I was Co-curator of the international loan exhibition Matisse in the Studio (MFA Boston, and Royal Academy London 2017). With Helen Burnham, I also co-authored the accompanying catalog, the first book in English to explore the essential role that Matisse’s personal collection of objects played in his studio practice. Our research revealed the diversity of global resources informing Matisse’s work in all media. We examined traditions ranging from North African textiles, Algerian metalwork, to Samoan barkcloths, while critically considering the broader implications of these appropriations.
I was co-curator for Migrating Objects, Arts of Africa, Oceanic and the Americas in the Peggy Guggenheim Collection, Venice 2020, as well as contributor to the exhibition catalog. My essay examined Guggenheim’s African and Oceanic collecting choices in the 1960s in the context of modernist primitivism, identifying how her selections of Baga or Kota sculpture echoed the appropriations of Picasso and other modernists from earlier that century.
My most recent essay “Lydia Delectorskaya and the Making of Matisse” (2022) attempts to uncover the concrete material labors Delectorskaya contributed as Matisse’s studio assistant, and how their collaboration impacted works in which she appears as model.
Although my work is primarily focused on European art history, I am fascinated by the role visual culture and technology has played in shaping points of contact across cultural boundaries. I believe that our conceptions of modernity can be opened by a larger global set of questions, arising from the movement of ideas and objects.
Prior to my arrival at Wheaton, I was founder and director of the educational company Paris Muse, and wrote about contemporary art in Paris for various publications.
“Lydia Delectorskaya and the Making of Matisse,” Barnes Foundation, Philadelphia, December 2021.
“Myths, Muses, and Surrealism” Online lecture series (3) for the Peggy Guggenheim Collection, Venice Italy, May 2021
“Rethinking Primitivism with Migrating Objects,” Online Lecture for the Peggy Guggenheim Collection, Venice Italy, December 2020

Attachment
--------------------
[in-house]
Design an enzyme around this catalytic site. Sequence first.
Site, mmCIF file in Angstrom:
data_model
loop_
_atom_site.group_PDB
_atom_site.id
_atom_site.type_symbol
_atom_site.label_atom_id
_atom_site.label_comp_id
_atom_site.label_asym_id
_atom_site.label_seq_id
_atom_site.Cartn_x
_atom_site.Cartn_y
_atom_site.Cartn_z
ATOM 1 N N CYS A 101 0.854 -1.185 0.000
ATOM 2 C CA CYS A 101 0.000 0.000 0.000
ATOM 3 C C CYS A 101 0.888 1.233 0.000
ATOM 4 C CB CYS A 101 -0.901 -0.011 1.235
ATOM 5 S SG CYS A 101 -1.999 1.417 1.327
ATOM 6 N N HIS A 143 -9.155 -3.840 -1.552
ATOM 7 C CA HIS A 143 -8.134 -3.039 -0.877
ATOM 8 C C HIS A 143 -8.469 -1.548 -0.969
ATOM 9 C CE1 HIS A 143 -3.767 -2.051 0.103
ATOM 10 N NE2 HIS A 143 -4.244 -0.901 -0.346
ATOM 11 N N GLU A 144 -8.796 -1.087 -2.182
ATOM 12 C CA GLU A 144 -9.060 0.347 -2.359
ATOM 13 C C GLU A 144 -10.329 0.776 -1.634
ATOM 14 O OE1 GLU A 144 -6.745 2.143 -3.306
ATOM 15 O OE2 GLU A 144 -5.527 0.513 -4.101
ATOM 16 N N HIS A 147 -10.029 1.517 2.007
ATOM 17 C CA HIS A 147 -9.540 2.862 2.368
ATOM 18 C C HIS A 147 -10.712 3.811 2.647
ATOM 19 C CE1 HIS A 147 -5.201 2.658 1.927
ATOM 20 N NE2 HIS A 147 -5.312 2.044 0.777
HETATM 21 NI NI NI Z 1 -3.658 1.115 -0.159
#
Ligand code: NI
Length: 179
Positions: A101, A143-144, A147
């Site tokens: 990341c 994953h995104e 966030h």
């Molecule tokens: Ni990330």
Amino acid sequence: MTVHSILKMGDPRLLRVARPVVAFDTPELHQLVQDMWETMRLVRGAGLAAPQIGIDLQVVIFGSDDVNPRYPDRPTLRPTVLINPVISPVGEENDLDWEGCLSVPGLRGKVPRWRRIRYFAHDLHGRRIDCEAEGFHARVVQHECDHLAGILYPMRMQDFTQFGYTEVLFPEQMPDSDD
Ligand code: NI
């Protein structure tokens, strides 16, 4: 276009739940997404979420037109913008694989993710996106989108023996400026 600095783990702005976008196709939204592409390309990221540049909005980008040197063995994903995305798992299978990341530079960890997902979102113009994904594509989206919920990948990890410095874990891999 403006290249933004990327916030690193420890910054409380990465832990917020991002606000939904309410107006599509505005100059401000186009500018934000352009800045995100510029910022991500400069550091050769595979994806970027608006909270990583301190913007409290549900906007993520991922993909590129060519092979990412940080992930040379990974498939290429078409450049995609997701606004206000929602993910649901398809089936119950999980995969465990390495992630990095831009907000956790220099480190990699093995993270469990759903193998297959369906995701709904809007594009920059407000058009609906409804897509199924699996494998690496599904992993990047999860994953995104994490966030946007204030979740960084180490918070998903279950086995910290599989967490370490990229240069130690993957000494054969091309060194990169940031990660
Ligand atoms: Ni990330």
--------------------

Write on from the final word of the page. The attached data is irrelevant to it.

“Dealing with Difference: Curating Cultural Appropriation,” Paris College of Arts, Paris, February 2018
“The Artist’s Studio as a Laboratory for Ideas,” Parsons Paris, The New School, Paris, November 2017
“Matisse’s Faces: A Portrait is a Quarrel,” Royal Academy, London, October 2017. Listen.
“Matisse’s Sculpture: The Pinup and the Primitive,” Dartmouth College Department of Art History, October 2014, and Saint Anselm College, February 2014.
“Henri/Henriette: Matisse’s Variations on a Model,” RISD Museum, Providence, 2011. Given on occasion of the exhibition “Changing Poses: The Artists’s Model”
“‘I Paint the Differences Between Things’”: Matisse, Photography, and African Sculpture,” Guggenheim Museum, New York, 2011, Selected to give Annual Robert Rosenblum Lecture for emerging art historians.
“The Past as Future: Sculpting at the Origins of Difference, Matisse and Picasso, 1906-1908,” Instituto Cultura, Fundación Mapfre, Madrid, 2007
Pass the Mic! Create. Curate. Care (organizer and moderator) featuring 13 artists, activists, and curators. Wheaton College online conference, October 2021
Brick by Brick: Building Anti-Racist Arts Organizations (organizer and moderator), with Anita Bateman, Suzanne Blier, Larry Ossei-Mensah, and Jasmine Wahi, Wheaton College History of Art online conference, April 2021
“Provocations in Art: Cultural Appropriations,” with Yinka Shonibare, Royal Academy, London, September 2017
“Matisse and his Palette of Objects,” Looking at Matisse Today: A Symposium, Barnes Foundation, Philadelphia, October 2016.
“Digital Art History: Opportunities to Engage,” Panel: A Digital Publications Future, CAA, New York, 2015
“Matisse and the Anti-Commodity Mystique of African Sculpture,” Panel: Antimodernism(s) in French Art and Culture, 1890-1914, CAA, Chicago, 2014
“The Arts in Providence: Creating Community” (organizer and moderator) with Lynne Harlowe, Daniel Schleifer, and Lynne McCormack, 2013.
Moderator, “Land Reformations,” with exhibiting artists for Sitelines, Wheaton’s Beard and Weil Galleries, 2011